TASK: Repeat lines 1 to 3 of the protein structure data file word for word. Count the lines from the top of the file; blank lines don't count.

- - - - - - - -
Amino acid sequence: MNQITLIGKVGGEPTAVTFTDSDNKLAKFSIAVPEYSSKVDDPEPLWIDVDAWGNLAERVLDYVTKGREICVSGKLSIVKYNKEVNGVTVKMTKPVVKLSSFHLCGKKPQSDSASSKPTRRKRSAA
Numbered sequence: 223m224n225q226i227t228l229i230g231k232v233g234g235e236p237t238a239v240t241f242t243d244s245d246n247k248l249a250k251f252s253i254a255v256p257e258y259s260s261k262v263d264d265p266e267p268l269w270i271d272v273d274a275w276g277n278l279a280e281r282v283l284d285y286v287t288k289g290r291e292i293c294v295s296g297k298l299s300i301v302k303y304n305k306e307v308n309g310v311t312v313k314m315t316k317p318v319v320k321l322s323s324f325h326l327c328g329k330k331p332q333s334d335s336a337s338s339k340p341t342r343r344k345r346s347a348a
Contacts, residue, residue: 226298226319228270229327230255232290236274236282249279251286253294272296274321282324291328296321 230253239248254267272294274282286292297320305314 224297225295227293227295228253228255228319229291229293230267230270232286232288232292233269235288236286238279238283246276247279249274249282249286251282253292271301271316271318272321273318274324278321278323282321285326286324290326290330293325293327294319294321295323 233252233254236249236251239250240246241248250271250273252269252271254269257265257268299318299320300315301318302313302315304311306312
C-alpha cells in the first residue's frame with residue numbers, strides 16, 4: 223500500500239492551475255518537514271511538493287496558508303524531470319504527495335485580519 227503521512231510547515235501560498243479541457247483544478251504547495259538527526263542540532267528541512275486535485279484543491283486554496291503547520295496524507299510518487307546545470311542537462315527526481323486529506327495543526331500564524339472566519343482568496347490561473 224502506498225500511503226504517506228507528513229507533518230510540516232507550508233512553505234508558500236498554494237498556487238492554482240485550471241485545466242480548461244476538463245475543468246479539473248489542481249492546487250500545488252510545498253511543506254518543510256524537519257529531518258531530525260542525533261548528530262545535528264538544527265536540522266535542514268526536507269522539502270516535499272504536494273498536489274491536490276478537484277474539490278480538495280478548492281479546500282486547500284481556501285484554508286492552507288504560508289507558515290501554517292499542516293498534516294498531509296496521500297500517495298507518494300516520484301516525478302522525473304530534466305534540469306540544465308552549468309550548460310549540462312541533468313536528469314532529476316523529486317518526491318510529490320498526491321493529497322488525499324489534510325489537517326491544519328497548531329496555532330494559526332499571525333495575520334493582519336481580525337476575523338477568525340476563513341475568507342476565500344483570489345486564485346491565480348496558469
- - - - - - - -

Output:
Amino acid sequence: MNQITLIGKVGGEPTAVTFTDSDNKLAKFSIAVPEYSSKVDDPEPLWIDVDAWGNLAERVLDYVTKGREICVSGKLSIVKYNKEVNGVTVKMTKPVVKLSSFHLCGKKPQSDSASSKPTRRKRSAA
Numbered sequence: 223m224n225q226i227t228l229i230g231k232v233g234g235e236p237t238a239v240t241f242t243d244s245d246n247k248l249a250k251f252s253i254a255v256p257e258y259s260s261k262v263d264d265p266e267p268l269w270i271d272v273d274a275w276g277n278l279a280e281r282v283l284d285y286v287t288k289g290r291e292i293c294v295s296g297k298l299s300i301v302k303y304n305k306e307v308n309g310v311t312v313k314m315t316k317p318v319v320k321l322s323s324f325h326l327c328g329k330k331p332q333s334d335s336a337s338s339k340p341t342r343r344k345r346s347a348a
Contacts, residue, residue: 226298226319228270229327230255232290236274236282249279251286253294272296274321282324291328296321 230253239248254267272294274282286292297320305314 224297225295227293227295228253228255228319229291229293230267230270232286232288232292233269235288236286238279238283246276247279249274249282249286251282253292271301271316271318272321273318274324278321278323282321285326286324290326290330293325293327294319294321295323 233252233254236249236251239250240246241248250271250273252269252271254269257265257268299318299320300315301318302313302315304311306312